Google Seeks to Restore Chrome’s Lost Luster

Posted on October 17, 2016 by Paul Thurrott in Cloud with 32 Comments

Google Seeks to Restore Chrome's Lost Luster

Last week, Google began rolling out the 54th version of its Chrome web browser to Windows and other platforms, and the update will hit Android and Chrome OS in the coming days too. But fans of this browser will want to look forward to the next release, Chrome 55, which should finally fix long-standing memory usage and battery life problems.

Make no mistake, Google Chrome is a big deal.

The browser turned 8 last month, and it is now the most popular web browser in the world. It has 54 percent usage share on PCs; Internet Explorer has 25 percent usage share but is dropping fast, and number three Firefox accounts for less than 10 percent of the market. And on mobile, it has an identical 54 percent usage share, with Safari accounting for 25.7 percent. When it comes to web browsing, there is Google Chrome. And then there are these other things.

Chrome deserves this kind of usage, given its rich feature set and cross-platform compatibility. But today’s Chrome is also a far cry from the thin, light, and speedy browser that Google first introduced in 2008. Back then, Google was driven by a fear of Microsoft and its ability to undermine Google’s efforts with Windows. That seems quaint today, yes.

That first Chrome release was minimalistic in every way imaginable, and it was the first major browser to merge search functionality with the address bar. But from an end user perspective, the overreaching aim of Chrome was performance: Google wanted to make sure that its cloud-hosted services were presented in the best possible light. Indeed, it actually marketed Chrome as a “modern operating system for web applications,” which should have been a tip-off to its long-term plans, but wasn’t.

The first public beta of Google Chrome. September 2008.

The first public beta of Google Chrome. September 2008.

Over the years, Google has evolved Chrome in interesting ways, has switched web rendering engines, has gone back and forth over how web apps can integrate with the host OS, and has gradually piled on new features and functionality. Concurrent with this, Chrome has become a memory hog as performance has suffered.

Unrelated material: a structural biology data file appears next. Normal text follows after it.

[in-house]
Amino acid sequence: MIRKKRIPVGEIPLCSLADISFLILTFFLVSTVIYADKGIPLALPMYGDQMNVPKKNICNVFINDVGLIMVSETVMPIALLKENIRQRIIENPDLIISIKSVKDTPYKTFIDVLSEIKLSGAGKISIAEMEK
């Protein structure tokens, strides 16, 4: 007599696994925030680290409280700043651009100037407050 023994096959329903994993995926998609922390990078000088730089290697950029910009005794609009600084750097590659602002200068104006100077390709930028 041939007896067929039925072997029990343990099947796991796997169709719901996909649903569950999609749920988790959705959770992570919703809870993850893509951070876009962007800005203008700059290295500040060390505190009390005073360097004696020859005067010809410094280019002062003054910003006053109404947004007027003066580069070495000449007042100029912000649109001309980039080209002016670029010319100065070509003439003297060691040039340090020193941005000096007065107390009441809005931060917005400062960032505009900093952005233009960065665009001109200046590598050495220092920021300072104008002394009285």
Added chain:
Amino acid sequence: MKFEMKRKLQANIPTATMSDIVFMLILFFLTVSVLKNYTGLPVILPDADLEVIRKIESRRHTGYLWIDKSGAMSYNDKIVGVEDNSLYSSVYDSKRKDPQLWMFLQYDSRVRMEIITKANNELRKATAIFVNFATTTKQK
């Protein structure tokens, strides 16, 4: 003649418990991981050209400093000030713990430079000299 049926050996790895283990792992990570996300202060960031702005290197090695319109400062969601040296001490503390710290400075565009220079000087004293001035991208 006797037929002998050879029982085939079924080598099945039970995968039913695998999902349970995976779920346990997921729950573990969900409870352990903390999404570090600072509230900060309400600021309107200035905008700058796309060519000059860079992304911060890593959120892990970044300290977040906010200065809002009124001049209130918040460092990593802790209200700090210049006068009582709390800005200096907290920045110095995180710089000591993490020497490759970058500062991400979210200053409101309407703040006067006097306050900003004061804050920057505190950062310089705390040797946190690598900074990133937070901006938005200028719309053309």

It’s gotten so bad that even Microsoft has piled on the pain by demonstrating how superior the battery life of its Edge browser is to that of Chrome. After a feeble attempt by Google at muddying the waters, Microsoft then explained why Edge still beat the competition handily.

Well, Google will have none of that. And it is now racing to finally sew up whatever memory and performance issues the browser still has, and will further improve battery life in the process.

For people like me who use the most popular web browser (Chrome) on the most popular desktop OS (Windows) and mobile OSes (Android, iOS), this is important. And it can’t happen quickly enough.

Chrome 54, out now, appears to focus mainly on a few developer features and bug and security fixes on the desktop side. Apparently, this will be a bigger update on mobile, where Chrome 54 for Android in particular will support offline web page, music, picture, and video viewing capabilities and other new features.

But Chrome 55, due before the end of 2016, will be a big deal on the desktop. It will bring big improvements to memory usage, performance and battery life, especially for those with PCs with less than 8 GB of RAM. And Google plans further improvements in future Chrome releases, with a goal of making the browser efficient even on systems with just 1 GB of RAM.

Like many of you, I switch back and forth between browsers fairly regularly, if only to see what’s new. So I typically do so when a new release of Firefox or even Opera arrives. There’s nothing wrong with these browsers per se, and even Edge, which basically brings up the rear in most ways, has nice display advantages, especially on high DPI screens. But there’s just something about Chrome. And if Google is able to right its performance and battery life issues, I suspect the next 8 years will be pretty successful for the browser. Just like the first 8.


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